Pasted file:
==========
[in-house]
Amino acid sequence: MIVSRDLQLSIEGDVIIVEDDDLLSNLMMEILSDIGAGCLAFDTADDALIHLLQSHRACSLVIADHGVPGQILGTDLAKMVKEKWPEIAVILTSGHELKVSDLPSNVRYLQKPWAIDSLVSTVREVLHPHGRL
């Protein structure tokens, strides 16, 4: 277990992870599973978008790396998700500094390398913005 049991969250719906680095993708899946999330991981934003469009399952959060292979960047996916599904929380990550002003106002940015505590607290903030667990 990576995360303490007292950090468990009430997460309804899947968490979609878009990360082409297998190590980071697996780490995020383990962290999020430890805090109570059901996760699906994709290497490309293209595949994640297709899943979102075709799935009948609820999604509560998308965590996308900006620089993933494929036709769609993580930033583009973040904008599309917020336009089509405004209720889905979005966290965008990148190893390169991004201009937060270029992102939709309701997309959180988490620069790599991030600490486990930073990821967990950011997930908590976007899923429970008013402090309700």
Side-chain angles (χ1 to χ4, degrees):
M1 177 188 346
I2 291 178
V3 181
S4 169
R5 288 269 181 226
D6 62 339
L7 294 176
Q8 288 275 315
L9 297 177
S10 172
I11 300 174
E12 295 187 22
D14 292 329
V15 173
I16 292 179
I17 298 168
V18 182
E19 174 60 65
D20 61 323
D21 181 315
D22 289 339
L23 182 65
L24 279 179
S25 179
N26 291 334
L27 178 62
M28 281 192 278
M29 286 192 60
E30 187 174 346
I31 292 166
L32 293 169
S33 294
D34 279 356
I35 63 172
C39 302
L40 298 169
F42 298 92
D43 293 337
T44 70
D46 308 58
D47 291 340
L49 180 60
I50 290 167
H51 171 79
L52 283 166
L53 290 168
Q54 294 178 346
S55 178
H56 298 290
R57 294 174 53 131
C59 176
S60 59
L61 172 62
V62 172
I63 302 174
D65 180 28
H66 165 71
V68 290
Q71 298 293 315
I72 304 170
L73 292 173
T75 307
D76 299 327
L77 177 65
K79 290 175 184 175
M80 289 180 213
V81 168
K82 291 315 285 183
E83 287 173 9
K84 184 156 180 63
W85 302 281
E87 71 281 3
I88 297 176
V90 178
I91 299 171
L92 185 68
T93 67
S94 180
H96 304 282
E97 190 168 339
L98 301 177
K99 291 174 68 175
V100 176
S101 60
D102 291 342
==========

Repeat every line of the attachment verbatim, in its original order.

[in-house]
Amino acid sequence: MIVSRDLQLSIEGDVIIVEDDDLLSNLMMEILSDIGAGCLAFDTADDALIHLLQSHRACSLVIADHGVPGQILGTDLAKMVKEKWPEIAVILTSGHELKVSDLPSNVRYLQKPWAIDSLVSTVREVLHPHGRL
């Protein structure tokens, strides 16, 4: 277990992870599973978008790396998700500094390398913005 049991969250719906680095993708899946999330991981934003469009399952959060292979960047996916599904929380990550002003106002940015505590607290903030667990 990576995360303490007292950090468990009430997460309804899947968490979609878009990360082409297998190590980071697996780490995020383990962290999020430890805090109570059901996760699906994709290497490309293209595949994640297709899943979102075709799935009948609820999604509560998308965590996308900006620089993933494929036709769609993580930033583009973040904008599309917020336009089509405004209720889905979005966290965008990148190893390169991004201009937060270029992102939709309701997309959180988490620069790599991030600490486990930073990821967990950011997930908590976007899923429970008013402090309700």
Side-chain angles (χ1 to χ4, degrees):
M1 177 188 346
I2 291 178
V3 181
S4 169
R5 288 269 181 226
D6 62 339
L7 294 176
Q8 288 275 315
L9 297 177
S10 172
I11 300 174
E12 295 187 22
D14 292 329
V15 173
I16 292 179
I17 298 168
V18 182
E19 174 60 65
D20 61 323
D21 181 315
D22 289 339
L23 182 65
L24 279 179
S25 179
N26 291 334
L27 178 62
M28 281 192 278
M29 286 192 60
E30 187 174 346
I31 292 166
L32 293 169
S33 294
D34 279 356
I35 63 172
C39 302
L40 298 169
F42 298 92
D43 293 337
T44 70
D46 308 58
D47 291 340
L49 180 60
I50 290 167
H51 171 79
L52 283 166
L53 290 168
Q54 294 178 346
S55 178
H56 298 290
R57 294 174 53 131
C59 176
S60 59
L61 172 62
V62 172
I63 302 174
D65 180 28
H66 165 71
V68 290
Q71 298 293 315
I72 304 170
L73 292 173
T75 307
D76 299 327
L77 177 65
K79 290 175 184 175
M80 289 180 213
V81 168
K82 291 315 285 183
E83 287 173 9
K84 184 156 180 63
W85 302 281
E87 71 281 3
I88 297 176
V90 178
I91 299 171
L92 185 68
T93 67
S94 180
H96 304 282
E97 190 168 339
L98 301 177
K99 291 174 68 175
V100 176
S101 60
D102 291 342